One gun and a ram
The CSS Manassas, a one-gun Confederate ironclad ram, rammed the USS Richmond at the Head of Passes at the mouth of the Mississippi River on October 12, 1861. This letter (one page shown here), written by Johnny (possibly J.R. Bartlett), records the action from the Richmond’s deck and shows the damage done by the ram. As detailed in the notes, Richmond was damaged but not sunk, and Manassas suffered in the attack as well, losing its smokestack and prow and temporarily lost power.
Letter from Johnny Bartlett Regarding the Engagement Between the CSS Ram Manassas and the USS Richmond, 10/12/1861
On April 9, 1865, Generals Ulysses S. Grant and Robert E. Lee met in the parlor of a house in Appomattox Court House, VA, to discuss this surrender of the Army of Northern Virginia, which would end the Civil War. According to the terms, the men of Lee’s army could return home in safety if they pledged to end the fighting and deliver their arms to the Union Army.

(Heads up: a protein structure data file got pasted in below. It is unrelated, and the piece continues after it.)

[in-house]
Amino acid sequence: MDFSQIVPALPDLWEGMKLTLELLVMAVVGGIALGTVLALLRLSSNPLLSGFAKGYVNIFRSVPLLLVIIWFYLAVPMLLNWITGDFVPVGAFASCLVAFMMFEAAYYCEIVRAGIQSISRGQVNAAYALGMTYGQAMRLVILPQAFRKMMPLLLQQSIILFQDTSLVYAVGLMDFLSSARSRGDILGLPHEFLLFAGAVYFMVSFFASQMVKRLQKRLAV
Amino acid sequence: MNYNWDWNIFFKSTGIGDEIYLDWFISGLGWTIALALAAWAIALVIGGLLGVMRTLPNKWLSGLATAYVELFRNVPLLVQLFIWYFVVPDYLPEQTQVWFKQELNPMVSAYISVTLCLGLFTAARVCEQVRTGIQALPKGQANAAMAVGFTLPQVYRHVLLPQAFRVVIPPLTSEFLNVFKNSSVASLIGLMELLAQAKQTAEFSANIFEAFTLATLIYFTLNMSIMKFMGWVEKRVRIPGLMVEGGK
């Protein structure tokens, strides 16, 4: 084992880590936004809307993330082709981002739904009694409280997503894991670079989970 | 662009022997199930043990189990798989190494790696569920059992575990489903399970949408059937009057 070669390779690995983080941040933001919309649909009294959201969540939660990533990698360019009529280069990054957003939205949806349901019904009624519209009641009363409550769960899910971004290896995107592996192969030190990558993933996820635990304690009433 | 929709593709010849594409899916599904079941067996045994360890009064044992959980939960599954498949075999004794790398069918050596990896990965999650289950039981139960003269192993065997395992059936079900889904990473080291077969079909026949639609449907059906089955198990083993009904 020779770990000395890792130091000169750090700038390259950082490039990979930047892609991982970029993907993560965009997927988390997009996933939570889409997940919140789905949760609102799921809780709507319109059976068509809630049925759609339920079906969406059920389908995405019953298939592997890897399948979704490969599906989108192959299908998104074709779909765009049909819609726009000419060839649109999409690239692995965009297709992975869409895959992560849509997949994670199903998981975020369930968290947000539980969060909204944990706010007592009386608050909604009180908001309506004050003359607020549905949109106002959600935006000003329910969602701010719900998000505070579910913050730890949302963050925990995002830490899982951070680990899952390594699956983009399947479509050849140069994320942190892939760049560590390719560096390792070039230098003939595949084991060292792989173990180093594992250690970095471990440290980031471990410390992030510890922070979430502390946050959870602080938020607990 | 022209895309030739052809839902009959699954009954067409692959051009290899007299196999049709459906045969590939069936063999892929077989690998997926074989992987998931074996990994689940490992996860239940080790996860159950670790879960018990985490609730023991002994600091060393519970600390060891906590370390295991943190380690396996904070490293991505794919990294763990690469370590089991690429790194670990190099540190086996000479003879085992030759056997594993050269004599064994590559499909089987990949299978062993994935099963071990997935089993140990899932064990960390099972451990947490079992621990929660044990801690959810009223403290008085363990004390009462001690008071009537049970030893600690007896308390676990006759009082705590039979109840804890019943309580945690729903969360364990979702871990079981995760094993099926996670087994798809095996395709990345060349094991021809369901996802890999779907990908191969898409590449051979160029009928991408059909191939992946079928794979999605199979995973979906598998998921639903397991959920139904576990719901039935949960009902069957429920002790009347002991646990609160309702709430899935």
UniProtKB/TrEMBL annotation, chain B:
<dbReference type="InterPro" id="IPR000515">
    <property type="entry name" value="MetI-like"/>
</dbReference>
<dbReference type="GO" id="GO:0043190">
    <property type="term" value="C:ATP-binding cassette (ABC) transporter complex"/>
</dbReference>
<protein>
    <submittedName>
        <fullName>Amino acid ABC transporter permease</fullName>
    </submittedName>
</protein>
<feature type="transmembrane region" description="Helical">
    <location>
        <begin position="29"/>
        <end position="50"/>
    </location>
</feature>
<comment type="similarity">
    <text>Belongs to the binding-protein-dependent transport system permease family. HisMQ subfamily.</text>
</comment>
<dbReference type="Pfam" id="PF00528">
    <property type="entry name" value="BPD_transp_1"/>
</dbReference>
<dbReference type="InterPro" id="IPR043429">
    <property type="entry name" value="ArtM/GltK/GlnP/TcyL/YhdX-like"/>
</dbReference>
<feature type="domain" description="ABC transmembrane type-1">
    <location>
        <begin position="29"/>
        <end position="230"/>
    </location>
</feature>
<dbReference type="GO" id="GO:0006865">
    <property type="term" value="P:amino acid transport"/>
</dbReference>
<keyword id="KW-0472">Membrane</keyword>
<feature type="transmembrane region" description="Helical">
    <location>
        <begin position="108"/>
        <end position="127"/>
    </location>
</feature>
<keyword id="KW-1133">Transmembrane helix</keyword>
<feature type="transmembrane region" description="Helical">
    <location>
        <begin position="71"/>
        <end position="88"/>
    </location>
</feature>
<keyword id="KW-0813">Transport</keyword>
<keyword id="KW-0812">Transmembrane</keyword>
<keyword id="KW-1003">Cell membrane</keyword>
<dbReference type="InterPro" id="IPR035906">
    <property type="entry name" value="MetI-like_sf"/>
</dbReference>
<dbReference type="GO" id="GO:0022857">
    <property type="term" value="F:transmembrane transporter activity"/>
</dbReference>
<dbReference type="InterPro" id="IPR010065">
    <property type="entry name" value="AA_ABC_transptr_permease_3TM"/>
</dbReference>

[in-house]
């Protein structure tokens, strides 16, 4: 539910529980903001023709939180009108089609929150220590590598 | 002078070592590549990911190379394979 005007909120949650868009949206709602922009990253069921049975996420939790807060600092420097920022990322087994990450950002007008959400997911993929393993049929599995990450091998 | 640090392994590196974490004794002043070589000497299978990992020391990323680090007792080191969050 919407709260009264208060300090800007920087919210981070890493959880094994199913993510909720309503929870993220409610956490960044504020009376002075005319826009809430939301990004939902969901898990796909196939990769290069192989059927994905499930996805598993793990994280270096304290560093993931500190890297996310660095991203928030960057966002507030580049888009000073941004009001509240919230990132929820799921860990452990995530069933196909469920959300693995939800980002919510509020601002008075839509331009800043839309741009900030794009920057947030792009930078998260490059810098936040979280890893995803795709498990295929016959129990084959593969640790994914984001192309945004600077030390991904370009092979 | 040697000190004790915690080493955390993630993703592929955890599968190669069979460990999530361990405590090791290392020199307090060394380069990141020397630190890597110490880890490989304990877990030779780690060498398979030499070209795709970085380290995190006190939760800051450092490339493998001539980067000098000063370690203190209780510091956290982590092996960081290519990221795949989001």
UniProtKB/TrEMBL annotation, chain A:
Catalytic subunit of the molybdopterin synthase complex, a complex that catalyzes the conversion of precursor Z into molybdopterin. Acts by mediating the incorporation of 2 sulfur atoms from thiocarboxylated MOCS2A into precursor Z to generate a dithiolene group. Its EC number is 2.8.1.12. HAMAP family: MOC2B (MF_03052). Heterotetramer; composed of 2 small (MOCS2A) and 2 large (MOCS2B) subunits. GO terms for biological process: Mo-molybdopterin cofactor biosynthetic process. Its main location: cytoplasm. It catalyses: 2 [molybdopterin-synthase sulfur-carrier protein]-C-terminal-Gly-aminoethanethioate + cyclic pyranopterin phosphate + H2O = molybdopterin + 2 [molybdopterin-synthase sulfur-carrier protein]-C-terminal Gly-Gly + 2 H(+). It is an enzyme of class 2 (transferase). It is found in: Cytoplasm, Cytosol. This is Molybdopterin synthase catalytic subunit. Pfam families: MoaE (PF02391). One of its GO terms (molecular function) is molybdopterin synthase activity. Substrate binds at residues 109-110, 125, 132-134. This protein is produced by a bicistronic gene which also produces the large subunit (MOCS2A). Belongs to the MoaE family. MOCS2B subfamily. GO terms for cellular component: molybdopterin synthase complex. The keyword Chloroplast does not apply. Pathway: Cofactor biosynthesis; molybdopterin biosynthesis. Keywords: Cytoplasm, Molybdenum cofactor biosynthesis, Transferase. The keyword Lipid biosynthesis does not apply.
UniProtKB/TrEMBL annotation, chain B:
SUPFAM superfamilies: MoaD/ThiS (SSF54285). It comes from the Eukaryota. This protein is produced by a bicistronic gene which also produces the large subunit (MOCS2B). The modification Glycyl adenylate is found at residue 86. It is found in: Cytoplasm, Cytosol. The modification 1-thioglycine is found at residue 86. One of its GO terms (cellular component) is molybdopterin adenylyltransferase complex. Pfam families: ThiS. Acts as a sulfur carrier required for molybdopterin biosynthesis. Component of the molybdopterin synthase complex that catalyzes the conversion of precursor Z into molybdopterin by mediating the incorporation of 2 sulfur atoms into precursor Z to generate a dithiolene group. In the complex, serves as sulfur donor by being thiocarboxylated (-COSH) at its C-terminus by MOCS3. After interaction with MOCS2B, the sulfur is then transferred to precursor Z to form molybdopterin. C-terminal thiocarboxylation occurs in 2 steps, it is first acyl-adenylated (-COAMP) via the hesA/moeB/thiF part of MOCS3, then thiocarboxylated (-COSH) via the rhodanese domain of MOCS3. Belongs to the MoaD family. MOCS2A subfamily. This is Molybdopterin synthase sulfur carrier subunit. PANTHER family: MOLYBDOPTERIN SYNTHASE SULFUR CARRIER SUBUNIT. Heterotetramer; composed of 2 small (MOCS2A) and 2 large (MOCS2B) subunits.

via Our Documents »
General Ambrose E. Burnside - a little worse for wear.
We thought this Mathew Brady photograph of General Burnside was fitting for today. On July 30th, 1864, he fought in the Battle of the Crater (recreated in the beginning of the film, Cold Mountain).
This photo wasn’t at the battle, but it looks like it could have been.
May 23 - Civil War Map of Campbell County, Georgia.
Dated May 23, 1864, this is a map of the 1st District, Campbell County, Georgia, South of the Cherokee Boundary Line. It was compiled under the direction of William Emery Merrill, a prominent topographical engineer who served with the Union Army during the Civil War.